Right For You?
I won the 2021 Blogable Fiction Marathon. Here’s why I entered, and why maybe you should try next time.
What’s so great about the Blogable Fiction Marathon?
No one knows.
And that’s the beauty of it: authors don’t know what they might be asked to write, the jury don’t know whose writing they’re assessing, and the public don’t know whose stories they’re voting for.
There’s a real, slightly scary thrill to opening an email with the latest assignment, not knowing if you might be asked to write a genre you’ve never attempted (in my case, the final round asked for a time travel story), or a style you relish (an earlier round required a story that was at least 50% dialogue). I learnt that I could write about time travel (by focusing the winning story on a character, who just happens to travel in time) and that perhaps I couldn’t write dialogue as well as I thought, because my conversation story was less popular with the audience.
That’s the other big “don’t know” of the Fiction Marathon: you can’t write for an audience because you don’t know who the audience will be. In each round, jury members select what they consider to be the best stories. Those go forward to the public vote, and it isn’t possible to aim your story at the public’s taste, because the public could be anybody. Some people — the other writers, at least — might try to vote in every round, while others may drop in and out of voting according to their free time and interests, so the audience is always different. And voting is anonymous: just as the public won’t know who they’re voting for, you won’t know who voted for your story (unless someone chooses to leave feedback and disclose their choices).
All of which means that winning a round, or simply progressing through a knock-out stage, or even getting a single vote, is genuine confirmation that your story was enjoyed. Having trained since childhood, I can now doubt myself at Olympic-qualifying levels, so even if people tell me on Medium or Twitter that they like my writing I cling doggedly to the belief that they’re simply being polite or charitable. But every vote I received in the Fiction Marathon was a vote for my words, standing apart from me, and can’t be denied, no matter how hard I try.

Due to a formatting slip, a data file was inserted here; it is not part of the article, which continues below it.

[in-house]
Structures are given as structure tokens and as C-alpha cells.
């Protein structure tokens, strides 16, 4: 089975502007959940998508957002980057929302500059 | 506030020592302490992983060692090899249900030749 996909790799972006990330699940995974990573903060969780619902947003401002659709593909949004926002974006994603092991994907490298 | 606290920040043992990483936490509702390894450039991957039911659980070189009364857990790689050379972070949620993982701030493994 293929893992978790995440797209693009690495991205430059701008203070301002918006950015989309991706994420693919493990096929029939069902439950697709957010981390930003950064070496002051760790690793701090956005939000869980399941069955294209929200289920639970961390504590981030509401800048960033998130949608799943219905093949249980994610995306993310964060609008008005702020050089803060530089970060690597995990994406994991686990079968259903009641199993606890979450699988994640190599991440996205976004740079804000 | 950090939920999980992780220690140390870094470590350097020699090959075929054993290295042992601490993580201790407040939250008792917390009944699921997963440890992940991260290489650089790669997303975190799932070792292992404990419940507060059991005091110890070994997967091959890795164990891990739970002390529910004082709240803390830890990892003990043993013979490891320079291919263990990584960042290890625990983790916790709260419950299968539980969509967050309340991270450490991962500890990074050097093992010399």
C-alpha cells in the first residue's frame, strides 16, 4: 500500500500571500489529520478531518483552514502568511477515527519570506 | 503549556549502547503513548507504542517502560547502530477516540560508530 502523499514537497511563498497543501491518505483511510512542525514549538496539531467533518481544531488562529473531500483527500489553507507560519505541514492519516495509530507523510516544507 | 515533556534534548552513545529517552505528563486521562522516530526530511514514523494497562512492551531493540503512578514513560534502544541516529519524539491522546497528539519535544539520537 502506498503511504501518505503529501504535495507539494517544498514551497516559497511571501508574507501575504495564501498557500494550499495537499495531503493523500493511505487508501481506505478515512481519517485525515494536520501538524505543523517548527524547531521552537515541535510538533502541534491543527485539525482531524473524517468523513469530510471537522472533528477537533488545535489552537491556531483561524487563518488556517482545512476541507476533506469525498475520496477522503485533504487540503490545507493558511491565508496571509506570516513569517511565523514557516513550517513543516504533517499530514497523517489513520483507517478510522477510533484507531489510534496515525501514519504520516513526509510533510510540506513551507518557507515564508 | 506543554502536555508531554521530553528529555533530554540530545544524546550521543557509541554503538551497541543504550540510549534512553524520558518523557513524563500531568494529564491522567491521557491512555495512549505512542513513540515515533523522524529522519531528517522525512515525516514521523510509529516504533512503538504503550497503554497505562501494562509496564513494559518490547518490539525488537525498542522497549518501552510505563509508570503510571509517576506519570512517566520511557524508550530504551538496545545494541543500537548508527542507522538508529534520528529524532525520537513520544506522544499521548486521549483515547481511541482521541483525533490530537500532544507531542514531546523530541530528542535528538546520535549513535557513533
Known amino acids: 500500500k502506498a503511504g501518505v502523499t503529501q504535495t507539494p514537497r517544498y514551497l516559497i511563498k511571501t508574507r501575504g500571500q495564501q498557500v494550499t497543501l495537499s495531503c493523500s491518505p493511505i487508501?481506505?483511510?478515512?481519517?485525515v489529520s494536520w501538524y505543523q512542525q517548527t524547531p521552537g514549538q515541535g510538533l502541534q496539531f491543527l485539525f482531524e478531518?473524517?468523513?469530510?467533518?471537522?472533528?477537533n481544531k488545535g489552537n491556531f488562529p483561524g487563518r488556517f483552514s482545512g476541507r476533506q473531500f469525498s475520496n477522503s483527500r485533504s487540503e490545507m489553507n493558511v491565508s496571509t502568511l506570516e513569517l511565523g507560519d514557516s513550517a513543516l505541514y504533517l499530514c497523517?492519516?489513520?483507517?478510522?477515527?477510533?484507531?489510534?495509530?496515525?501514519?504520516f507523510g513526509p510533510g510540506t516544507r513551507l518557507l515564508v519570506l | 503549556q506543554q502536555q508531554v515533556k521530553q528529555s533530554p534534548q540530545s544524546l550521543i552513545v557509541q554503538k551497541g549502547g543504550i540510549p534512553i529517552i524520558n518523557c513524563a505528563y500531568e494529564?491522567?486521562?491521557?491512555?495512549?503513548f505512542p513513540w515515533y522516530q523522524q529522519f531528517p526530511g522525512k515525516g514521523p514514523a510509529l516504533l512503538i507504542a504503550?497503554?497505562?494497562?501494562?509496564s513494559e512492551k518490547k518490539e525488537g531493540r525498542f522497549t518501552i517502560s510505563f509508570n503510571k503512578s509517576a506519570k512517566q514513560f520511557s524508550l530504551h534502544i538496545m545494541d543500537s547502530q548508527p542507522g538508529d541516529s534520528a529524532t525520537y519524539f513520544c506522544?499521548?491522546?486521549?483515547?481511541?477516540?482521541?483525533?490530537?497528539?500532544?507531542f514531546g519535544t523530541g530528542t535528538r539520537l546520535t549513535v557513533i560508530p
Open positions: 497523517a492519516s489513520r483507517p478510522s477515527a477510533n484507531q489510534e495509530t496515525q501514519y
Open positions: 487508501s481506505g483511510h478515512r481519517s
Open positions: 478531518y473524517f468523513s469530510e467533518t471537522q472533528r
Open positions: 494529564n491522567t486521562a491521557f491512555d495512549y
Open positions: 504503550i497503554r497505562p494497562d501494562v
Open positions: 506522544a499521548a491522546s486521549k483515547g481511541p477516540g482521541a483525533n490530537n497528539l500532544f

Conversely, if your entry isn’t selected by jury members that just means your writing doesn’t fit their preferences, and getting few public votes for a story only reflects the failure of the right public to read and vote.
The Fiction Marathon evolved from a similar competition for smut writers, and many of the entrants this year came to the Marathon from that competition. That meant some entries in every round were unabashed erotica. I chose not to write overtly smutty stories, although a couple — including the winning story — included brief mentions or descriptions of sex, written without erotic intent. That’s not because I’m anti-smut — a glance at my Medium content will show I write little else — but because the nature of the Marathon’s assignments can challenge writers to work beyond their normal boundaries of genre or style, and I wanted to embrace that. For me, not writing shocking filth was a chance to stretch myself and find out what I might be capable of, which I think is the spirit of the format: it’s part competition, but mostly an opportunity to learn and grow as a writer.
There’ll probably be more erotica in future Marathons — it’s a legitimate genre, after all — but writing your own smutty stories isn’t required, nor is reading other people’s. The jury this year included smut writers, but with the emphasis on writers. I’m confident —in fact, I think I might be evidence — that they selected entries based on whether they were excited about the quality of the story, rather than being excited by its content.
So, assuming you’re a writer, should you enter the Fiction Marathon? I don’t know, but I think so. If you can plan around relatively generous deadlines then it isn’t too demanding, and if you’re able and willing to explore where your writing can take you then it may help you hone your craft.
But my advice would be to write for you, not for the competition. The final assignment email exhorted us to ‘write your best story ever’. I chose not to: I wrote a story I loved, and one I knew I would still be proud of even if neither the jury nor the public enjoyed it. That, perhaps, is the true beauty of the Fiction Marathon: like a real marathon, entrants are competing against themselves more than each other.